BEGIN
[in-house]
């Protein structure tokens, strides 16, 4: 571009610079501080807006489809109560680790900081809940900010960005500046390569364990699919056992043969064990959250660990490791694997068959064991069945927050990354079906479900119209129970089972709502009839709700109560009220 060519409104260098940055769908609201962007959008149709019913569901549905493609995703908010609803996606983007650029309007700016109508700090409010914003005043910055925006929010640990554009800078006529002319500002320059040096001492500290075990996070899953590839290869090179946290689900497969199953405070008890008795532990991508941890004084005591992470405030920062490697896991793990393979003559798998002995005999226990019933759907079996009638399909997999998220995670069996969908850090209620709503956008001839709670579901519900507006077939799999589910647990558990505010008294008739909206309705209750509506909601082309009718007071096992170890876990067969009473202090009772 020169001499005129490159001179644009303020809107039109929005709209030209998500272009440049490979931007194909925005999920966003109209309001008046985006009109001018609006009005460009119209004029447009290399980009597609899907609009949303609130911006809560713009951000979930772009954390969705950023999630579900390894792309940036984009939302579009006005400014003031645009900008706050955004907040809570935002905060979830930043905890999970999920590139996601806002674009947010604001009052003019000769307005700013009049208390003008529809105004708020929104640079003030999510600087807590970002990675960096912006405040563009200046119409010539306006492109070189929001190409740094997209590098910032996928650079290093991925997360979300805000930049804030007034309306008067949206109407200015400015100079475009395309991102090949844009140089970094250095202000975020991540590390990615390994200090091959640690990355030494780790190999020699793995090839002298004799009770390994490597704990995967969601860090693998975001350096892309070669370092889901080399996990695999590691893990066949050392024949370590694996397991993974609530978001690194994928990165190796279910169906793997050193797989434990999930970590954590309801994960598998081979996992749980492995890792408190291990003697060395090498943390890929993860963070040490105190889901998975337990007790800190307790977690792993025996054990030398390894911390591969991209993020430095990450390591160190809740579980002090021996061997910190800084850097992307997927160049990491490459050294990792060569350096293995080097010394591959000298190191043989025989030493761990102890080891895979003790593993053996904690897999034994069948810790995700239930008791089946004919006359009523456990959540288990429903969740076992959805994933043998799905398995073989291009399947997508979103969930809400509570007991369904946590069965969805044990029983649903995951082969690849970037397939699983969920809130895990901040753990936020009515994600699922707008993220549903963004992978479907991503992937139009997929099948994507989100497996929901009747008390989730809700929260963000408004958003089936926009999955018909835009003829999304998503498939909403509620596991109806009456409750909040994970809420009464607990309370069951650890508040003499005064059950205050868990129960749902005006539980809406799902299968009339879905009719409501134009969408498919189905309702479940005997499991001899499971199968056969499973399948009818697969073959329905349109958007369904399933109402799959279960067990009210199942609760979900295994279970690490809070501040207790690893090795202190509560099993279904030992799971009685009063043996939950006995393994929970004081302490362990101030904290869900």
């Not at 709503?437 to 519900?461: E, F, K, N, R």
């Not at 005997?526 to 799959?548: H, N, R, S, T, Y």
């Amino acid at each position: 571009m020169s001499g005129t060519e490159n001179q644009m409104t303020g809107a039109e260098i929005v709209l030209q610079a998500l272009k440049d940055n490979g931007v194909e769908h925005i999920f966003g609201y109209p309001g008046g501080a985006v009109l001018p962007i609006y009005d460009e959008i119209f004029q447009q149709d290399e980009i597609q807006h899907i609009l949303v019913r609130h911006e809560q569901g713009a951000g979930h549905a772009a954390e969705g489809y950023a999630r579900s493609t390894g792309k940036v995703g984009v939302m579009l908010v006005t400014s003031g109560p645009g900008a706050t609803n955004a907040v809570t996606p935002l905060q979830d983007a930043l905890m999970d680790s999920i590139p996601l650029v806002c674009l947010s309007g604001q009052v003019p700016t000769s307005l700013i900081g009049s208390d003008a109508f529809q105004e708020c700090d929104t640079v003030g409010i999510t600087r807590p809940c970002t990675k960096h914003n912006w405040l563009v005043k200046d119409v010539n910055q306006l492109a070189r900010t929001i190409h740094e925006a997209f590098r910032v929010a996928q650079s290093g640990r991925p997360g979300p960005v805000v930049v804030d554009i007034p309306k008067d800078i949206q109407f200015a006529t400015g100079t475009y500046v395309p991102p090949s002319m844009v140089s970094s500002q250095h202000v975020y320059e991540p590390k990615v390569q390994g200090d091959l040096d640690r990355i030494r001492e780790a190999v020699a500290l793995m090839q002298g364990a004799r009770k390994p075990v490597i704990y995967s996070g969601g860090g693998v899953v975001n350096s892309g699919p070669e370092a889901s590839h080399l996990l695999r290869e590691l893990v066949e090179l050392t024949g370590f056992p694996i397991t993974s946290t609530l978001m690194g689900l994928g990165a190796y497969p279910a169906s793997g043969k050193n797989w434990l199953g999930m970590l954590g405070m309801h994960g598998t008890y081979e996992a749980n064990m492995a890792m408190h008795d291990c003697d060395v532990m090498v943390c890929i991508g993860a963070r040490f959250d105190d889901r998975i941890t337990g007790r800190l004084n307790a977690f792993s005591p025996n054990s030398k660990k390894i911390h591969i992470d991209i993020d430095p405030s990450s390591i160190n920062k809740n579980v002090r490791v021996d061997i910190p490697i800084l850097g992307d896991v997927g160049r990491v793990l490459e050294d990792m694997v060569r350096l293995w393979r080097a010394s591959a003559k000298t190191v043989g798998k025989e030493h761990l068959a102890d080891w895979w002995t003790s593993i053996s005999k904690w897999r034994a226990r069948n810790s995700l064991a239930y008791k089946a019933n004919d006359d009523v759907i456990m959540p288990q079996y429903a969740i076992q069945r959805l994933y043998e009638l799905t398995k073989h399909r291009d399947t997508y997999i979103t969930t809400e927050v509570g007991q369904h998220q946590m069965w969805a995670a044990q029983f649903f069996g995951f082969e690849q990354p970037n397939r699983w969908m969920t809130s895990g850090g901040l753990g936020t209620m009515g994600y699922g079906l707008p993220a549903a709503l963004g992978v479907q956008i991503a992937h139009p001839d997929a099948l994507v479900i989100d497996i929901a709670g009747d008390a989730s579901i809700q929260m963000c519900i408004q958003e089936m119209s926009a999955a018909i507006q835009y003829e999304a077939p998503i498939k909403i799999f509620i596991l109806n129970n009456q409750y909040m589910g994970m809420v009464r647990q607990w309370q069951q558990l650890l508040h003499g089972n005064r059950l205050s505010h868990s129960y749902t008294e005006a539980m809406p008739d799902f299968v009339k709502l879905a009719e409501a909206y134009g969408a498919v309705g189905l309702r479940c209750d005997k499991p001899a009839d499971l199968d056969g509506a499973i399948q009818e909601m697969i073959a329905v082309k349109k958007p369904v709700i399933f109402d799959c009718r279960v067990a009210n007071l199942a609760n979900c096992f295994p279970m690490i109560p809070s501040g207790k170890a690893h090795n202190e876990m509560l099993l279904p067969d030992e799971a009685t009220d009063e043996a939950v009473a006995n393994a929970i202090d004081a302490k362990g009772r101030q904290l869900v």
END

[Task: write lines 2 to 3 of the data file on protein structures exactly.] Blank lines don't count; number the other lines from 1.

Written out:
């Protein structure tokens, strides 16, 4: 571009610079501080807006489809109560680790900081809940900010960005500046390569364990699919056992043969064990959250660990490791694997068959064991069945927050990354079906479900119209129970089972709502009839709700109560009220 060519409104260098940055769908609201962007959008149709019913569901549905493609995703908010609803996606983007650029309007700016109508700090409010914003005043910055925006929010640990554009800078006529002319500002320059040096001492500290075990996070899953590839290869090179946290689900497969199953405070008890008795532990991508941890004084005591992470405030920062490697896991793990393979003559798998002995005999226990019933759907079996009638399909997999998220995670069996969908850090209620709503956008001839709670579901519900507006077939799999589910647990558990505010008294008739909206309705209750509506909601082309009718007071096992170890876990067969009473202090009772 020169001499005129490159001179644009303020809107039109929005709209030209998500272009440049490979931007194909925005999920966003109209309001008046985006009109001018609006009005460009119209004029447009290399980009597609899907609009949303609130911006809560713009951000979930772009954390969705950023999630579900390894792309940036984009939302579009006005400014003031645009900008706050955004907040809570935002905060979830930043905890999970999920590139996601806002674009947010604001009052003019000769307005700013009049208390003008529809105004708020929104640079003030999510600087807590970002990675960096912006405040563009200046119409010539306006492109070189929001190409740094997209590098910032996928650079290093991925997360979300805000930049804030007034309306008067949206109407200015400015100079475009395309991102090949844009140089970094250095202000975020991540590390990615390994200090091959640690990355030494780790190999020699793995090839002298004799009770390994490597704990995967969601860090693998975001350096892309070669370092889901080399996990695999590691893990066949050392024949370590694996397991993974609530978001690194994928990165190796279910169906793997050193797989434990999930970590954590309801994960598998081979996992749980492995890792408190291990003697060395090498943390890929993860963070040490105190889901998975337990007790800190307790977690792993025996054990030398390894911390591969991209993020430095990450390591160190809740579980002090021996061997910190800084850097992307997927160049990491490459050294990792060569350096293995080097010394591959000298190191043989025989030493761990102890080891895979003790593993053996904690897999034994069948810790995700239930008791089946004919006359009523456990959540288990429903969740076992959805994933043998799905398995073989291009399947997508979103969930809400509570007991369904946590069965969805044990029983649903995951082969690849970037397939699983969920809130895990901040753990936020009515994600699922707008993220549903963004992978479907991503992937139009997929099948994507989100497996929901009747008390989730809700929260963000408004958003089936926009999955018909835009003829999304998503498939909403509620596991109806009456409750909040994970809420009464607990309370069951650890508040003499005064059950205050868990129960749902005006539980809406799902299968009339879905009719409501134009969408498919189905309702479940005997499991001899499971199968056969499973399948009818697969073959329905349109958007369904399933109402799959279960067990009210199942609760979900295994279970690490809070501040207790690893090795202190509560099993279904030992799971009685009063043996939950006995393994929970004081302490362990101030904290869900």
């Not at 709503?437 to 519900?461: E, F, K, N, R």